Commentary: QTc dispersion may reflect vulnerability to ventricular fibrillation

BMJ 1996; 312 doi: (Published 06 April 1996) Cite this as: BMJ 1996;312:878
  1. R Campbell, head of departmenta
  1. a Department of Academic Cardiology, Freeman Hospital, Newcastle upon Tyne NE7 7DN

    Peripheral vascular disease is a marker of coronary artery disease, and QT dispersion (the difference between the longest and the shortest measurable interval on the 12 lead electrocardiogram) is emerging as an important marker of serious arrhythmias and sudden death. To link these two markers is not at first intuitive, but the common ground lies in the spectre of coronary artery disease. Darbar et al correlate peripheral vascular disease not just with any coronary artery disease but with the type that carries the highest risk of death. With a modest patient cohort (49) cardiac death was strongly correlated with the QTc dispersion. Values of > 60 ms had a 92% sensitivity and an 81% specificity in predicting this outcome. These are impressive results, particularly from a cheap, widely available test that is already performed in most such patients.

    The history of QT dispersion is comparatively short, but it is emerging as a remarkably powerful predictor of cardiac death in such diverse areas as the long QT syndromes, heart failure, and hypertrophic cardiomyopathy. Its cellular basis is still not fully established, but QT variations in surface electrocardiography in humans have been correlated with epicardial monophasic action potential durations. Thus, for whatever reason and by whatever physics, regional variation and repolarisation can be revealed by conventional body surface electrocardiography. In the positive correlations of QT dispersion and mortality shown in previous studies it is easy to imagine a mechanism related through ventricular fibrillation. Dispersion of repolarisation, which may be reflected by QT dispersion, is crucial for the initiation and maintenance of ventricular fibrillation. Acute myocardial infarction that complicates primary ventricular fibrillation may even be predicted by QT dispersion, but would we really expect that death, even cardiovascular death, would be predicted by the phenomenon in patients with peripheral vascular disease? I did not. I imagined that peripheral vascular disease was associated with occult (or overt) coronary artery disease and that death might arise by various mechanisms: infarction, failure, or arrhythmias. If QT dispersion predicted only the latter I would have expected that any mortality related to QT dispersion would be lost in other fatal end points. My concept seems wrong, or at least it is not supported by the present study. I lay considerable store by biological plausibility, and I look to corroborating data and to more detailed analysis of how patients die before I would be fully comfortable with the results.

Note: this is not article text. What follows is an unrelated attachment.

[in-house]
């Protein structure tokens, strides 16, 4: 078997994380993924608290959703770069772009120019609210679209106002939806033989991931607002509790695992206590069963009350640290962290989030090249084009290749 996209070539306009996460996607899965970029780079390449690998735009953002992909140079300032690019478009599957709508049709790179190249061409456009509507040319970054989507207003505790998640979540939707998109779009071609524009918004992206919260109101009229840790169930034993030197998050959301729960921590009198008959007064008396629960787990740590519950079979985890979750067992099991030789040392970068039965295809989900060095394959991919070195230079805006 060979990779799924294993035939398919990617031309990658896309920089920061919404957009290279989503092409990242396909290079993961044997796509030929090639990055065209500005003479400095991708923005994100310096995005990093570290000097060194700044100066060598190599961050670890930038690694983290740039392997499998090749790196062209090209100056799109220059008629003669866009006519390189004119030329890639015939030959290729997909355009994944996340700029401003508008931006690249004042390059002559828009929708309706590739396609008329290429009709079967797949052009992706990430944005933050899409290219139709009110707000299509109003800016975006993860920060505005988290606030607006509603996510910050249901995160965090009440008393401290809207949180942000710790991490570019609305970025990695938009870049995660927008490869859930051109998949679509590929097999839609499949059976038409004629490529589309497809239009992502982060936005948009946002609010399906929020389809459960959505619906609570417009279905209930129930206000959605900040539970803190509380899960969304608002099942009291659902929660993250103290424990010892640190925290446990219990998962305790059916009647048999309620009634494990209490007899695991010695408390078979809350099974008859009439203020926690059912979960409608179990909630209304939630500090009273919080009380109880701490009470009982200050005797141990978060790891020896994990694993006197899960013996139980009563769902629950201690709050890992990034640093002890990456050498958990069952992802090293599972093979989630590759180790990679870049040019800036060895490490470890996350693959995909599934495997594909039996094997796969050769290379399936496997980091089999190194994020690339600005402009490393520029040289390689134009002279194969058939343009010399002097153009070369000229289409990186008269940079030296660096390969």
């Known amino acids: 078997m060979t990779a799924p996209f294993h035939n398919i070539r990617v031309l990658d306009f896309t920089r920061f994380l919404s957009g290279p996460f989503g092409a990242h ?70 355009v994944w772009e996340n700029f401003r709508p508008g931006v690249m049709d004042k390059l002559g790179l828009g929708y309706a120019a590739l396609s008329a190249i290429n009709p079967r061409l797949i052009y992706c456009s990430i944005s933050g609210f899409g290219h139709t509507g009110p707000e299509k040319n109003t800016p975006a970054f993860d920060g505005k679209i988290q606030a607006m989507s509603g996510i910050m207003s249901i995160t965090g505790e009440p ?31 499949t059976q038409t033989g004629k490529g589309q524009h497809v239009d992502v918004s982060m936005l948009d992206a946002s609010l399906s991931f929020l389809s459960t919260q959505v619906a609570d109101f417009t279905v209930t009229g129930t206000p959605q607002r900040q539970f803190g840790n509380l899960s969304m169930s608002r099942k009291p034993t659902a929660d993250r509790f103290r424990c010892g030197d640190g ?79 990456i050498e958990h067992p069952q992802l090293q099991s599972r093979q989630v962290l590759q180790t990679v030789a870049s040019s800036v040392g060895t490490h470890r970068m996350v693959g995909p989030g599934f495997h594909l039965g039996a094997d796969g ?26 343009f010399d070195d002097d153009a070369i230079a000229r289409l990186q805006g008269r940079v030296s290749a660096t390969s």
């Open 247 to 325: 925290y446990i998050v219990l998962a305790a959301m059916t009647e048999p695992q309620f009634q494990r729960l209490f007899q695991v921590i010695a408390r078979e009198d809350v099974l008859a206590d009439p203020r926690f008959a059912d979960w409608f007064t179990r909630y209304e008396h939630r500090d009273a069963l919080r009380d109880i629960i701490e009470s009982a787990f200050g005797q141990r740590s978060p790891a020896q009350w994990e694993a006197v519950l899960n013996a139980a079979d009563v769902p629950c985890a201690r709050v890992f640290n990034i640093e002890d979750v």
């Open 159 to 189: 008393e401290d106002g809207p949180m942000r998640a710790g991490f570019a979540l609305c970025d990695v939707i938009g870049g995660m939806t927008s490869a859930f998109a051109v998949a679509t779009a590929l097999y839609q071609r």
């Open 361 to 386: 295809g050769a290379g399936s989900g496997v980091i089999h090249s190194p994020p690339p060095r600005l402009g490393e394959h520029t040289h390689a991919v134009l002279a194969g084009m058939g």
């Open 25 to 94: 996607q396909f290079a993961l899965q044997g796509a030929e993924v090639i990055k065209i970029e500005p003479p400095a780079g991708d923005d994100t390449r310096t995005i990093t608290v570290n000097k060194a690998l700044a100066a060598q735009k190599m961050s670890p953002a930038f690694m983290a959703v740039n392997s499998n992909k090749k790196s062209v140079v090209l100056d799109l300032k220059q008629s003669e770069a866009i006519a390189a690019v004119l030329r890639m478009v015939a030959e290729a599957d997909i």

If QT dispersion is really so specific and so sensitive, however, it may mean that ventricular fibrillation is more prevalent than we currently acknowledge. QT dispersion may reflect a threshold measure of vulnerability to ventricular fibrillation. Thus in a patient with peripheral vascular disease in whom the myocardium is affected in such a way as to disturb repolarisation a propensity to ventricular fibrillation is established and may be revealed by a variety of triggers, including ischaemia.

    Our prognostic assessment of patients is improving, but we have little or nothing to offer as protection. Perhaps new information contained in QT dispersion analysis will open new therapeutic directions. We read and write such comments all too often with little realistic prospect that things will change. This time, however, I am optimistic. QT dispersion has been unnoticed for decades. It is proving important and is our only non-invasive marker of regional variations of refractoriness. It may be that regardless of aetiology it can reflect a propensity to ventricular fibrillation. In this simple tool we may be glimpsing the electro-physiological Holy Grail.

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